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Criterion welcomes the Dardenne brothers to the land of high-definition with a textured and crisp 1080p transfer of Rosetta. The solid transfer calls attention to the specific details of each image, namely the pours on Rosetta's face, her drab red jacket, tacky patterned wallpaper inside her caravan, and, most significantly, the constant presence of mud. Off-screen sound is essential to the cinematic style of the filmmakers, and the 2.0 DTS HD-MA soundtrack impressively shows why. The constant sputtering of a motorbike playing over rushed footsteps is layered perfectly, enabling the viewer to clearly distinguish between the multiple overlapping sounds.
The supplemental package for Criterion's Rosetta release is prime example of quality over quantity. At 61 minutes, Scott Foundas's in-depth interview with Jean-Pierre and Luc Dardenne is an extensive and essential look at the making of the film. In a fascinating segment on the subject of womanhood in the film, the filmmakers discuss the connection between Rosetta's exterior conflicts and the debilitating stomach cramps she suffers from throughout the film, and their subsequent discussions on Rosetta's experiences provide an inroad to the film's treatment of gender and social politics. Later, Luc specifically touches on the singular obsession of this very determined character: "For Rosetta, not to work is to die." In two superb actor interviews, star Émilie Dequenne discusses her first audition, where her directors made her "take off her shoes" and do simple improvisations until she started to sweat profusely. Olivier Gorumet also remembers similarly rigorous rehearsals on location, most specifically his learning to master the art of mixing waffle batter. Both interviews are indelible portraits of the filmmakers' directing process. Finally, there's a theatrical trailer and a staggeringly potent essay on Rosetta's themes and social implications by one of America's essential film critics, Kent Jones.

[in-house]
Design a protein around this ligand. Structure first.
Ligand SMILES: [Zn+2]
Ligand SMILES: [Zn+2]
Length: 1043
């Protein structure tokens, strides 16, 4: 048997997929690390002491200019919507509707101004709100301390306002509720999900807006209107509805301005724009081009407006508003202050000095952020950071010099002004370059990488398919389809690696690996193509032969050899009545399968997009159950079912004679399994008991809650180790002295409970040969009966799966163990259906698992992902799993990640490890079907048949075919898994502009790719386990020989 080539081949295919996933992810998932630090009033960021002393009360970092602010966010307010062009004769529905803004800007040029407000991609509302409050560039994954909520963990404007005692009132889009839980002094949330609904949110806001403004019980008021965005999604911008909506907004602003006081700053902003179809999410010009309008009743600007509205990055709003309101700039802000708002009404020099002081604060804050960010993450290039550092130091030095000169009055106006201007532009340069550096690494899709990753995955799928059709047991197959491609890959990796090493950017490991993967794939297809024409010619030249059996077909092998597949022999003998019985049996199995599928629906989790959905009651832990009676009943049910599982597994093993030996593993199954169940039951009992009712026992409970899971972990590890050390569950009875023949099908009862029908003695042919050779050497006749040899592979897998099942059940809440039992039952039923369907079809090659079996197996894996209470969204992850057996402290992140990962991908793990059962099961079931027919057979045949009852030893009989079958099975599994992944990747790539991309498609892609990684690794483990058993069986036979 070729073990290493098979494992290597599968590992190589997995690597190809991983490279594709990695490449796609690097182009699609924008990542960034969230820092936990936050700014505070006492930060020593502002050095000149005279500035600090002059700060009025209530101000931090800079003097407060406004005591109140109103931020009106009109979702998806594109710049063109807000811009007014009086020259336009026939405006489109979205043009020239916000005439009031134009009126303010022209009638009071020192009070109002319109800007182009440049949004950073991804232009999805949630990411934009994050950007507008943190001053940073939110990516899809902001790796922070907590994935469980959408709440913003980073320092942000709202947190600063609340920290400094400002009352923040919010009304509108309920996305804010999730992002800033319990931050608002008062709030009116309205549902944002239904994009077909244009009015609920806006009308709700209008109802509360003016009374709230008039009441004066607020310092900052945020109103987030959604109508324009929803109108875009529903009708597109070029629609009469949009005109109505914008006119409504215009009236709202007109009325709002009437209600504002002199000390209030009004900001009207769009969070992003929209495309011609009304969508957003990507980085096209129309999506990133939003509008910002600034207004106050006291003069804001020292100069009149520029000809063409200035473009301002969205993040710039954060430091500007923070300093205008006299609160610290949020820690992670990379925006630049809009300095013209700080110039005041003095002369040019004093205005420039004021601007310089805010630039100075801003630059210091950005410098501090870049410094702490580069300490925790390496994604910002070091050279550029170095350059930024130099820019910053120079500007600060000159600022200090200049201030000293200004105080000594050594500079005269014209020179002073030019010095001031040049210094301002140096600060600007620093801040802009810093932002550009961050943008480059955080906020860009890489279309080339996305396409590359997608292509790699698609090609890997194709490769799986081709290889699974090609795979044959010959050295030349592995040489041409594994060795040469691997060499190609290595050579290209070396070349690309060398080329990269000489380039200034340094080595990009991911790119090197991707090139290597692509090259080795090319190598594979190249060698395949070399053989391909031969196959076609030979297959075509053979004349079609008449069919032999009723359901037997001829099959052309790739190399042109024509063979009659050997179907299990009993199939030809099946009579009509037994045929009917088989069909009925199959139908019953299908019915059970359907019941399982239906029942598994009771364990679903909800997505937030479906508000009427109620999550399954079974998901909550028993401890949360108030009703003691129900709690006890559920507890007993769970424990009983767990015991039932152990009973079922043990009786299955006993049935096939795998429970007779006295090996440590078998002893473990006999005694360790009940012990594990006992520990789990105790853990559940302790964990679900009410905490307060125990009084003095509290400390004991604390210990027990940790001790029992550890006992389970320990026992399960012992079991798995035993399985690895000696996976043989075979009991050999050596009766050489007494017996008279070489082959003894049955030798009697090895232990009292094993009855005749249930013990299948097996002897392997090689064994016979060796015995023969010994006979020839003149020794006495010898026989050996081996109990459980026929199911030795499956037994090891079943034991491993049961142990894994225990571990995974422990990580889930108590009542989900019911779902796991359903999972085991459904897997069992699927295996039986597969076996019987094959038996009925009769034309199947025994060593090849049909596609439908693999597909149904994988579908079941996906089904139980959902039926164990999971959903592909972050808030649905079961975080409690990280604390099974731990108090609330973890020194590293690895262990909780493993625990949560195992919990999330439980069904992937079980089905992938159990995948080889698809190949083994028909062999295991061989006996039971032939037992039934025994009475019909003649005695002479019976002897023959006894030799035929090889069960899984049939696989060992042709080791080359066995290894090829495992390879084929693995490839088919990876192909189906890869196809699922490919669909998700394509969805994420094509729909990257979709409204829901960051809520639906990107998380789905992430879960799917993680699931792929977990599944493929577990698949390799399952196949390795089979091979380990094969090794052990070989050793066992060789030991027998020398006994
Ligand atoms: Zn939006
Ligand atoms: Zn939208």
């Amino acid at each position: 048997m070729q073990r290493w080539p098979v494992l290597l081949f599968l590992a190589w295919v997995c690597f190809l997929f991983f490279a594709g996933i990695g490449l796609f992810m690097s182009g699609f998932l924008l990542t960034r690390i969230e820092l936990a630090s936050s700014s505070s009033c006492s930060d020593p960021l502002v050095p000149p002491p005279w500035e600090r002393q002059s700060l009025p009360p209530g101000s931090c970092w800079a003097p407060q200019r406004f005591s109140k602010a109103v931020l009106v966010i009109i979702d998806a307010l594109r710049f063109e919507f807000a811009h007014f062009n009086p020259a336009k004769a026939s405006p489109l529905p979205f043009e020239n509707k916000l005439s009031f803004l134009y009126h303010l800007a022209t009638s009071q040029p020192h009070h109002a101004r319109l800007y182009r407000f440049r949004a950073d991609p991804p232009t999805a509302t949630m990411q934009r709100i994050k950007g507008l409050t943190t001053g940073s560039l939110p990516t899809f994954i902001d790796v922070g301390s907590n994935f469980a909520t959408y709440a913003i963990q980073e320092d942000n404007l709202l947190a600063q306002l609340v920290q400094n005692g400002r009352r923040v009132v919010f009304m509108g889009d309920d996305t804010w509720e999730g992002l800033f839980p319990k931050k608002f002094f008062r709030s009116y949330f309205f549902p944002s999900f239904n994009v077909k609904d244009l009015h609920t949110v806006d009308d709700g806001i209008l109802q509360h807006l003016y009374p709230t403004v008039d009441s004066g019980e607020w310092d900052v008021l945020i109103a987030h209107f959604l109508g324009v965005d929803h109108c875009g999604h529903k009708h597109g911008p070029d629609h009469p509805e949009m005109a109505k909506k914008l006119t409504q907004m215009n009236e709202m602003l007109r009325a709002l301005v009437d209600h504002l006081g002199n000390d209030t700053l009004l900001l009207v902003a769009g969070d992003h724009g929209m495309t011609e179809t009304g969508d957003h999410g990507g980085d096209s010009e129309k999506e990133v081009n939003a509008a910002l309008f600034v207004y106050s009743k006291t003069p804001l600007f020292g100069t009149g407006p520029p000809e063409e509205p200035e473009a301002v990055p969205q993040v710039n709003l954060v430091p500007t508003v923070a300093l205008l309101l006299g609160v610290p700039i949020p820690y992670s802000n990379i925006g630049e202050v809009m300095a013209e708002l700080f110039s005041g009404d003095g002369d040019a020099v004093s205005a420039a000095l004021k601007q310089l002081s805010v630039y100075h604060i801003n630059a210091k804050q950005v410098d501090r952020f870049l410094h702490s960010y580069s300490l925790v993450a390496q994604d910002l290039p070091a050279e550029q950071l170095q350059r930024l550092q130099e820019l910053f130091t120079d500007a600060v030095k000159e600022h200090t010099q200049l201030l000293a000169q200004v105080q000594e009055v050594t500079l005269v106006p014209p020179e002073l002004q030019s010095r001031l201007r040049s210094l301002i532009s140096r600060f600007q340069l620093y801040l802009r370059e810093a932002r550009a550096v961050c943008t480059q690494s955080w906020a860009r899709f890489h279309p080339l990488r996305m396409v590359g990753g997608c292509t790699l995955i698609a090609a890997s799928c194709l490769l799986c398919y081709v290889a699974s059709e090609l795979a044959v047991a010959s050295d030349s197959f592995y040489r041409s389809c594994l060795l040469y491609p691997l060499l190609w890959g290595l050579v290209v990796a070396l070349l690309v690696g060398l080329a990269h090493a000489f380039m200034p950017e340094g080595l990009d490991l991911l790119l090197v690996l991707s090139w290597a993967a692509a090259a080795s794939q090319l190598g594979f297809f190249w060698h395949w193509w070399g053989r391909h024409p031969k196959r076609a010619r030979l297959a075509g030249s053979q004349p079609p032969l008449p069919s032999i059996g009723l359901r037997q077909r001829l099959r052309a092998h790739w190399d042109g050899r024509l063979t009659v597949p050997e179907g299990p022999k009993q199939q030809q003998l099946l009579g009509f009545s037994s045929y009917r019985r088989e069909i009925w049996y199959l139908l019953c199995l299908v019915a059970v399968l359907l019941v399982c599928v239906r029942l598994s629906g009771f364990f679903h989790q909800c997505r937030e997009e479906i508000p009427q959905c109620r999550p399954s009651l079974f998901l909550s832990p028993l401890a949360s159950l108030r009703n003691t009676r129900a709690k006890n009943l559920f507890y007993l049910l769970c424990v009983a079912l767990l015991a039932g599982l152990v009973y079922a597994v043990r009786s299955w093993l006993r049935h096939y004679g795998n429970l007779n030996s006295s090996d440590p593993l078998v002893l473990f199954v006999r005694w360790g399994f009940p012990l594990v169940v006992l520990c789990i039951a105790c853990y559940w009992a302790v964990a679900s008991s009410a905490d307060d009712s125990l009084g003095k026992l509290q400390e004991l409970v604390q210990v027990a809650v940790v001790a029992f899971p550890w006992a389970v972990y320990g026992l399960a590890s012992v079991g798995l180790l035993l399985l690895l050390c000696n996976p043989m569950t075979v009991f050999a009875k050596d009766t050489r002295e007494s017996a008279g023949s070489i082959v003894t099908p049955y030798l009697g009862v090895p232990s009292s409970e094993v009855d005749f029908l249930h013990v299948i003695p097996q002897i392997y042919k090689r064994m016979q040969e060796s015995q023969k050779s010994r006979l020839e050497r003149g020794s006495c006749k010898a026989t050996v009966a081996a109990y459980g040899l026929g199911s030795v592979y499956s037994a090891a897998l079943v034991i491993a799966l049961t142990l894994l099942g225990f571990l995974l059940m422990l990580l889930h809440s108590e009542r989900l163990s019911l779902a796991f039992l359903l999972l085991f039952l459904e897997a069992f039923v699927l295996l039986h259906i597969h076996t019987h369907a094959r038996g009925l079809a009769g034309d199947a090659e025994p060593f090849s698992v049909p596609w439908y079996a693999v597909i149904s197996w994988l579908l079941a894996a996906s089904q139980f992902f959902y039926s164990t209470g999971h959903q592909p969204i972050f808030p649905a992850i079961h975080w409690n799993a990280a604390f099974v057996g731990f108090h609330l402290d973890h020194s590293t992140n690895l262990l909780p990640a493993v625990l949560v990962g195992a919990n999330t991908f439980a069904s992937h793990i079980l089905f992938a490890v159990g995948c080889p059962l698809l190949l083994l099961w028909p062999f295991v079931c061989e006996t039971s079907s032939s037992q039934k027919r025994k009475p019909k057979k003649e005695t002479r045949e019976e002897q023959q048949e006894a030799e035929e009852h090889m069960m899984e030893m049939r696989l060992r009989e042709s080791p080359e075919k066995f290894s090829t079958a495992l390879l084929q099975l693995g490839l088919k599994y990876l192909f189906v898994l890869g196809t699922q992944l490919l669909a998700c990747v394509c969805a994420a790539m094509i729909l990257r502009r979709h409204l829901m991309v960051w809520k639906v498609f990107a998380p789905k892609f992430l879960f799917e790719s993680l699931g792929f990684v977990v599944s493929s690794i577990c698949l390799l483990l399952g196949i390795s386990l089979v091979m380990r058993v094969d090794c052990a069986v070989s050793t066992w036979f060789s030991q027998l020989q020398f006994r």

The Dardennes' Palme d'Or winner, a singular story of survival and relentless persistence, burns with the kind of immediacy that will make it forever relevant.